In Vitro Fertilization: Giving Couples Hope

Intracytoplasmic sperm injection, sometimes a part of in vitro fertilization. (Image via Wikimedia Commons)
Intracytoplasmic sperm injection, sometimes a part of in vitro fertilization. (Image via Wikimedia Commons)

On this date in 1978, Louise Brown, the first child conceived through in vitro fertilization or IVF, was born.

Here are some things you may not have known about what were known as “test-tube babies.”

The first thing to know is that most in vitro pregnancies begin not in a test tube, but in a petri dish.

An egg is extracted from a woman’s ovary and is fertilized by sperm in a petri dish. The fertilized egg grows for several days in the petri dish before it is implanted back in the uterus of the woman who will carry the child.

The main reason for using in vitro fertilization is infertility on the part of either the man or woman. The process allows the fallopian tubes to be bypassed, which is a common cause of female infertility. It also allows for the injection of a single sperm cell into the egg, allowing men who would otherwise be considered infertile to conceive a child. The procedure also makes it possible for a woman to become pregnant after menopause through egg donation. The oldest verified mother was almost 67 years old when she gave birth in 2006. The fertility clinic that conducted the procedure said she lied about her age, telling them she was 55, the clinic’s maximum age for IVF.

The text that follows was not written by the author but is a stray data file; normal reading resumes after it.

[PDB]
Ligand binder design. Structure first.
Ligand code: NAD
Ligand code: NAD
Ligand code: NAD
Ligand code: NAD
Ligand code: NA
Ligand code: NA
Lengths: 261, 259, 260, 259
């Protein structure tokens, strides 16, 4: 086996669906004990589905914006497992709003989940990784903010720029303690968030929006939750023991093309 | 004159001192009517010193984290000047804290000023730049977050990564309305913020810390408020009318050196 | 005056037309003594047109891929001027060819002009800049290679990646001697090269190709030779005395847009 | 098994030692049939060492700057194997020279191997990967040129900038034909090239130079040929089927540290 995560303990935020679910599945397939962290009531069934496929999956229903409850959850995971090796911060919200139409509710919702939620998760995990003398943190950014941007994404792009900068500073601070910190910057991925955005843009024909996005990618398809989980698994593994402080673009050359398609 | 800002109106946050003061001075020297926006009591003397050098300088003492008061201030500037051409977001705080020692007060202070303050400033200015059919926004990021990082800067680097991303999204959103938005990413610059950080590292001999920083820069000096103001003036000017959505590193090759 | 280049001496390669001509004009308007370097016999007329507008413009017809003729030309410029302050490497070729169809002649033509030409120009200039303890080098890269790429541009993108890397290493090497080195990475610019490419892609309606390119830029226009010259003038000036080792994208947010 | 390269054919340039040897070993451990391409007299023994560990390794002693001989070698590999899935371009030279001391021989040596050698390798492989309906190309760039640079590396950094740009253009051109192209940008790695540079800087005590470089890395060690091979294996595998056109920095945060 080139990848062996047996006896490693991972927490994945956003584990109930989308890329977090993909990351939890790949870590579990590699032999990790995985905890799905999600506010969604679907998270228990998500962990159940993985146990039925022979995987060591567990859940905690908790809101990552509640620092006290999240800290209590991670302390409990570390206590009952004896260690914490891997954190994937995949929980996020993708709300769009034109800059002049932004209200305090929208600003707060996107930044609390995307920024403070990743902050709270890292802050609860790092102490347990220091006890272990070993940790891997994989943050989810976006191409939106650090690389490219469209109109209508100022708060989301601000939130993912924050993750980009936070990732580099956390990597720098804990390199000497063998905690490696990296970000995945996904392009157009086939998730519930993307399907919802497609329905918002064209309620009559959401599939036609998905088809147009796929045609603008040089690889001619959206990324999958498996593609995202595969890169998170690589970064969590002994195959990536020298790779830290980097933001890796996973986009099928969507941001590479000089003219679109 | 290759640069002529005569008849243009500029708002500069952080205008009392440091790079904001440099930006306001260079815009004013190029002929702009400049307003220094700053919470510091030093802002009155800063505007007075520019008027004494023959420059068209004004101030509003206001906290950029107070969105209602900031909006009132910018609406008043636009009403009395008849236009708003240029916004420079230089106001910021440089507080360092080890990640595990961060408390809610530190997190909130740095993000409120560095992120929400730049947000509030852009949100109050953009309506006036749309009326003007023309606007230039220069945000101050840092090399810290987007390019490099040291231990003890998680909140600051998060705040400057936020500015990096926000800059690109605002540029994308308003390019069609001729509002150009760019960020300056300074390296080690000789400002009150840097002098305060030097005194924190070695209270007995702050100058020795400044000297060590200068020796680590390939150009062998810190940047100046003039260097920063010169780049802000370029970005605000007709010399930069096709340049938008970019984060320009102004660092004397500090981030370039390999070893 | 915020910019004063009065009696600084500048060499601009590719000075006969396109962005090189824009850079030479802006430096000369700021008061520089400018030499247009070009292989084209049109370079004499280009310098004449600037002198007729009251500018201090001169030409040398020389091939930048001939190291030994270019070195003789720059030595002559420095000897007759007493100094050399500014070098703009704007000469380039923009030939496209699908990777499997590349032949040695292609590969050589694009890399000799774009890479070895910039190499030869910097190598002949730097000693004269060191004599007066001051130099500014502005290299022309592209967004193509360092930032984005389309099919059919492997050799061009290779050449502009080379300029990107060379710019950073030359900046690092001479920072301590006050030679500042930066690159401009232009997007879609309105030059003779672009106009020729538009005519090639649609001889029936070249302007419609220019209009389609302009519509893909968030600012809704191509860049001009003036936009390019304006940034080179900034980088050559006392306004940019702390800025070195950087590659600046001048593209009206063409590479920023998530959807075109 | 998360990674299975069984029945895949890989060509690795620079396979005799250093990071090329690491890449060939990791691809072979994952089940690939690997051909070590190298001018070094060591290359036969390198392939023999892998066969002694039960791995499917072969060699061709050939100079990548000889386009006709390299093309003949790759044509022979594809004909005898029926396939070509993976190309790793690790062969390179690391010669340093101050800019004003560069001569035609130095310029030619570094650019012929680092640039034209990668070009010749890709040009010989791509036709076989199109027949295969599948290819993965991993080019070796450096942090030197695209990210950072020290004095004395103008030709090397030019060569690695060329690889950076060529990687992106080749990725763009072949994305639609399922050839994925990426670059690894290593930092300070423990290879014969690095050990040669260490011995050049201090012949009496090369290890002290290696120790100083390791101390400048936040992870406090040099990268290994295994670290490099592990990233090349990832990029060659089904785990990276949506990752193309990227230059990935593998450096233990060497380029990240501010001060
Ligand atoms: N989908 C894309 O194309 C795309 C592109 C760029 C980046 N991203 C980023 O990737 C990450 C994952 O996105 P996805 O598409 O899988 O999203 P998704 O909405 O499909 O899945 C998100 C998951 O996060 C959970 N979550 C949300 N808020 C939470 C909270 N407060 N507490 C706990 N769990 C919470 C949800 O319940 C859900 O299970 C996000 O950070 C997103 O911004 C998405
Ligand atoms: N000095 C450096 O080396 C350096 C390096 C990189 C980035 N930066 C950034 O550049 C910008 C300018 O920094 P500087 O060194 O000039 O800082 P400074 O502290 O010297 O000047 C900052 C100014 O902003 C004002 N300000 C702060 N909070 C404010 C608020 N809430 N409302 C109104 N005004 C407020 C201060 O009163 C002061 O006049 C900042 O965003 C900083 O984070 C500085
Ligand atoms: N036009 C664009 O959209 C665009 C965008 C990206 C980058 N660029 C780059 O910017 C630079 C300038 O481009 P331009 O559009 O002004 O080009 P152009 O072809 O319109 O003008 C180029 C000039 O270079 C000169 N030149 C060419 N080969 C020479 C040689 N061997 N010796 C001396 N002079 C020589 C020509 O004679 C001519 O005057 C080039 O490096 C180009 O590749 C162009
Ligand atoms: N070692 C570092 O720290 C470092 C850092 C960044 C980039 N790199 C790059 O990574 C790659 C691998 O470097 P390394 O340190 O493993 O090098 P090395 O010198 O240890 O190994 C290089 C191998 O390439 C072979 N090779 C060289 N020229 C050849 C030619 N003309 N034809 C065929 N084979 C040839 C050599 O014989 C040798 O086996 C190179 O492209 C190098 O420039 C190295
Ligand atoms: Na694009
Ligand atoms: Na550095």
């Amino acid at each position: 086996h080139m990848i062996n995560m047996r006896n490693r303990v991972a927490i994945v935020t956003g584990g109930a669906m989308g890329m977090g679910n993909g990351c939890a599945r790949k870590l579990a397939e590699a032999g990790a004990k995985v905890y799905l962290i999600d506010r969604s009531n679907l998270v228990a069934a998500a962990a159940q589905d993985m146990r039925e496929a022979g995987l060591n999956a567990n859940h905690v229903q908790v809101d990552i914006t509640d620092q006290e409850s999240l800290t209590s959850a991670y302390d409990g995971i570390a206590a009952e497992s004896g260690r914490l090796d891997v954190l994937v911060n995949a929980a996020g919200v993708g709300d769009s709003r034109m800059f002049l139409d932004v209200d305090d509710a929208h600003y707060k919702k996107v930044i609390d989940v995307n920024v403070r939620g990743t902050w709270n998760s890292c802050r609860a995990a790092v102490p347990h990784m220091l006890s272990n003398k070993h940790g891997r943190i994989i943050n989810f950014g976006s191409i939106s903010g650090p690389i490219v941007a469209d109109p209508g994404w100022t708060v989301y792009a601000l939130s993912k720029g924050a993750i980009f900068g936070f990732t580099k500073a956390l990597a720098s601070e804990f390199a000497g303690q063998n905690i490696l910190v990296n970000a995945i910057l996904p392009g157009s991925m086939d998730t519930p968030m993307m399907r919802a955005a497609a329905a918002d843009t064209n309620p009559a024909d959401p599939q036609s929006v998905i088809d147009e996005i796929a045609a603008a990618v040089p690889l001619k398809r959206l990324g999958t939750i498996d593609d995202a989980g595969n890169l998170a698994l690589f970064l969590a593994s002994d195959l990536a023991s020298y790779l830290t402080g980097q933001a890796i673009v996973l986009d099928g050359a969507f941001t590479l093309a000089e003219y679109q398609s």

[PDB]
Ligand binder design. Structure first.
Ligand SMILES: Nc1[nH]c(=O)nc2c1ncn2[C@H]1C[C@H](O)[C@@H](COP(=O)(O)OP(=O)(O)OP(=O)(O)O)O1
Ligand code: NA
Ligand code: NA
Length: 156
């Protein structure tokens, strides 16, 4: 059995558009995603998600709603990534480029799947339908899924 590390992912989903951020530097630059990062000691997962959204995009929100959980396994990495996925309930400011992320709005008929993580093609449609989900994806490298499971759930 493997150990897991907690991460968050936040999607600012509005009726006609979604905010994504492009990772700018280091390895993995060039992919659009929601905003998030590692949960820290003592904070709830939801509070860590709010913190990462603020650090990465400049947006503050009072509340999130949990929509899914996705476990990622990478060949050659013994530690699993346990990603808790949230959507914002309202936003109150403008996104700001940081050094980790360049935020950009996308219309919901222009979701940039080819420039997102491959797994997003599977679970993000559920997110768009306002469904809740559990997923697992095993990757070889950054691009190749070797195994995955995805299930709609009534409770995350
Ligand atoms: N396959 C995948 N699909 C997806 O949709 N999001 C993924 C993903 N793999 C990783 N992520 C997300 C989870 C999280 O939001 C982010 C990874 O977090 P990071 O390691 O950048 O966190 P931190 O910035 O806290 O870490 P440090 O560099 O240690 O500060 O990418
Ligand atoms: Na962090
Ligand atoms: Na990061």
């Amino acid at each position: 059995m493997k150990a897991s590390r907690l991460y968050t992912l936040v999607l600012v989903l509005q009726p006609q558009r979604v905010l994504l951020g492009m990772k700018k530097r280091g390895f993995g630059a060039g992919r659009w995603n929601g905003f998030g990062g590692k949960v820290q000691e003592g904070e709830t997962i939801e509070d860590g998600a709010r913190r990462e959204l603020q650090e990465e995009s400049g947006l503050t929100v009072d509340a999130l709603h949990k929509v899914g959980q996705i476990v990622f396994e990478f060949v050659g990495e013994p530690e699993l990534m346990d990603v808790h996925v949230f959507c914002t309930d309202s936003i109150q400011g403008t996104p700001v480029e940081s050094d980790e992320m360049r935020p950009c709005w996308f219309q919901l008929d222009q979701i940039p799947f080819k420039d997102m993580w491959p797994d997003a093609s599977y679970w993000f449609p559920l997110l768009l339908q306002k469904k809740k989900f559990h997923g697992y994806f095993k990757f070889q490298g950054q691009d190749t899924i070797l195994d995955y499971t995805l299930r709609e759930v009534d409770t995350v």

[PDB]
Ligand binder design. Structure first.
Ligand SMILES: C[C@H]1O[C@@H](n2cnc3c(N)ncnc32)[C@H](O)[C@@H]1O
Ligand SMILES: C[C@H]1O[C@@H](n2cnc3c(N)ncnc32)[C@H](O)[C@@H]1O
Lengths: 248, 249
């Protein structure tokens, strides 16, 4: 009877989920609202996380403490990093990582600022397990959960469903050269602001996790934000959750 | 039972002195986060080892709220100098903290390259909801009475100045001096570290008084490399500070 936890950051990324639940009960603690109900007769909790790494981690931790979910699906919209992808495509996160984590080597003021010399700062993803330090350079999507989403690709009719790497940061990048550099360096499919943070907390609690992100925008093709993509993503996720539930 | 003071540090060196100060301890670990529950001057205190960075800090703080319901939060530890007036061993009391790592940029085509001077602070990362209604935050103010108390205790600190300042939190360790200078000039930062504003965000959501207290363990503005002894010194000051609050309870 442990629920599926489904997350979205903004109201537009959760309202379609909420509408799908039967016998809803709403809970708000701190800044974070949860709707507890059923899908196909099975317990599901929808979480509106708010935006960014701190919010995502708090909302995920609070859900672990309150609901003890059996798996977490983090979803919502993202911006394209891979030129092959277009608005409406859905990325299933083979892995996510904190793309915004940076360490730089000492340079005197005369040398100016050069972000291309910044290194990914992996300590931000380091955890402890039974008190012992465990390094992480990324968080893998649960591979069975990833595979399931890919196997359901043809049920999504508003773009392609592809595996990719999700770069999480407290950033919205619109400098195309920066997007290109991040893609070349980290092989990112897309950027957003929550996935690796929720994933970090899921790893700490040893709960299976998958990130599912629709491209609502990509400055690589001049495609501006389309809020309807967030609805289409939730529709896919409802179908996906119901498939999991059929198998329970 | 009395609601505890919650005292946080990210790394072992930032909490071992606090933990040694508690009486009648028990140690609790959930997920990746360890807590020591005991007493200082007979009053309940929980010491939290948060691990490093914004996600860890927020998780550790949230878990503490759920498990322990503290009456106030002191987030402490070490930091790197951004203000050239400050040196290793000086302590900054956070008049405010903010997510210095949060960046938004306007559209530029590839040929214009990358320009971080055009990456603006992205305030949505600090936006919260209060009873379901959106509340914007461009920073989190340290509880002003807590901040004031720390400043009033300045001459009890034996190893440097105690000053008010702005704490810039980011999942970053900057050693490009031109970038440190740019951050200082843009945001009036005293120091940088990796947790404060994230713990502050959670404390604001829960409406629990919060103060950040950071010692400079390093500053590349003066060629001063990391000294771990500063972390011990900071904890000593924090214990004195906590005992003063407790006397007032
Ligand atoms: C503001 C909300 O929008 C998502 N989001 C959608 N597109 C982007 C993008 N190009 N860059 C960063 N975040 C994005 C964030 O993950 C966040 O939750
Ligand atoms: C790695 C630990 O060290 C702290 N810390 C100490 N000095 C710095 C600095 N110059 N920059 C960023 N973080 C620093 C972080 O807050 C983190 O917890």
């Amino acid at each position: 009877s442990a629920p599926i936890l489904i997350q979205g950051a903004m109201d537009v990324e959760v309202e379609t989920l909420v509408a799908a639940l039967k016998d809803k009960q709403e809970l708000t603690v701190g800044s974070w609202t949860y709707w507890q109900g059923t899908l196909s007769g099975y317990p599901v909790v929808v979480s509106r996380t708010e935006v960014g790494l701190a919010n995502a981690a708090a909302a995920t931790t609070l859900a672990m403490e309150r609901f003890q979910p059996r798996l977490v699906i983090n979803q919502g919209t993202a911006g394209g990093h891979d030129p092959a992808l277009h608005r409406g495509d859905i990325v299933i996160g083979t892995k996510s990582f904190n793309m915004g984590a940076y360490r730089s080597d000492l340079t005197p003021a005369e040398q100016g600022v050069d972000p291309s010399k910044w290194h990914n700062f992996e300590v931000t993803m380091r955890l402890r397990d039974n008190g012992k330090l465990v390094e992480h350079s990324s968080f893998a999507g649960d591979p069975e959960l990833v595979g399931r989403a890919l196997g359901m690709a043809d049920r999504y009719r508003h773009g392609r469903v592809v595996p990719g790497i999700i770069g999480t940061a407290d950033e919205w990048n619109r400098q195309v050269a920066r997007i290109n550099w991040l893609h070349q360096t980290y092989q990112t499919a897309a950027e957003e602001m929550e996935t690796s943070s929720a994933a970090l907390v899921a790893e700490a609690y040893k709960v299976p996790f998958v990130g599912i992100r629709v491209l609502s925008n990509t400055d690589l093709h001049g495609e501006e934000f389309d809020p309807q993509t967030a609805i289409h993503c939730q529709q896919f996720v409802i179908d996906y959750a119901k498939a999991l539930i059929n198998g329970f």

The process was first proven viable in a 1959 experiment using rabbits. The first human in vitro pregnancy was in 1973, although it lasted only a few days.

British doctors Patrick Steptoe and Robert Edwards reported an ectopic pregnancy resulting from IVF in 1976. A ectopic pregnancy is when the embryo attaches somewhere besides the uterus.

In November 1977, Steptoe and Edwards implanted an embryo in Lesley Brown. She and her husband, John, had been trying to conceive for nine years, but had no success due to fallopian tube obstructions.

Eight months later, Louise was delivered via caesarean section. She weighed 5 pounds, 12 ounces at birth.

Louise Brown was later joined by a sister Natalie, who was also conceived through IVF. Natalie was the world’s 40th IVF baby. She was also the first IVF baby to give birth herself in May 1999. Her daughter was conceived naturally.

Louise Brown has two children of her own now. Her father died in 2006, and her mother died in 2012.

IVF and other assisted reproductive techniques account for approximately one percent of all births in the United States, as of 2006.

Our question: What does “in vitro” mean?

Today is Constitution Day in Puerto Rico, Republic Day in Tunisia, and Revolution Day in Egypt.

It’s unofficially National Carousel Day, National Hot Fudge Sundae Day, and National Wine and Cheese Day.

It’s the birthday of actress Estelle Getty, who was born in 1923; football player Walter Payton, who was born in 1954; and actor Matt LeBlanc, who turns 49 today.

This week in 1978, the top song in the U.S. was “Shadow Dancing” by Andy Gibb.

The No. 1 movie was “Grease,” while the novel “Chesapeake” by James A. Michener topped the New York Times Bestsellers list.

Weekly question

What is the largest number of in vitro fertilized babies to be born following  one pregnancy?


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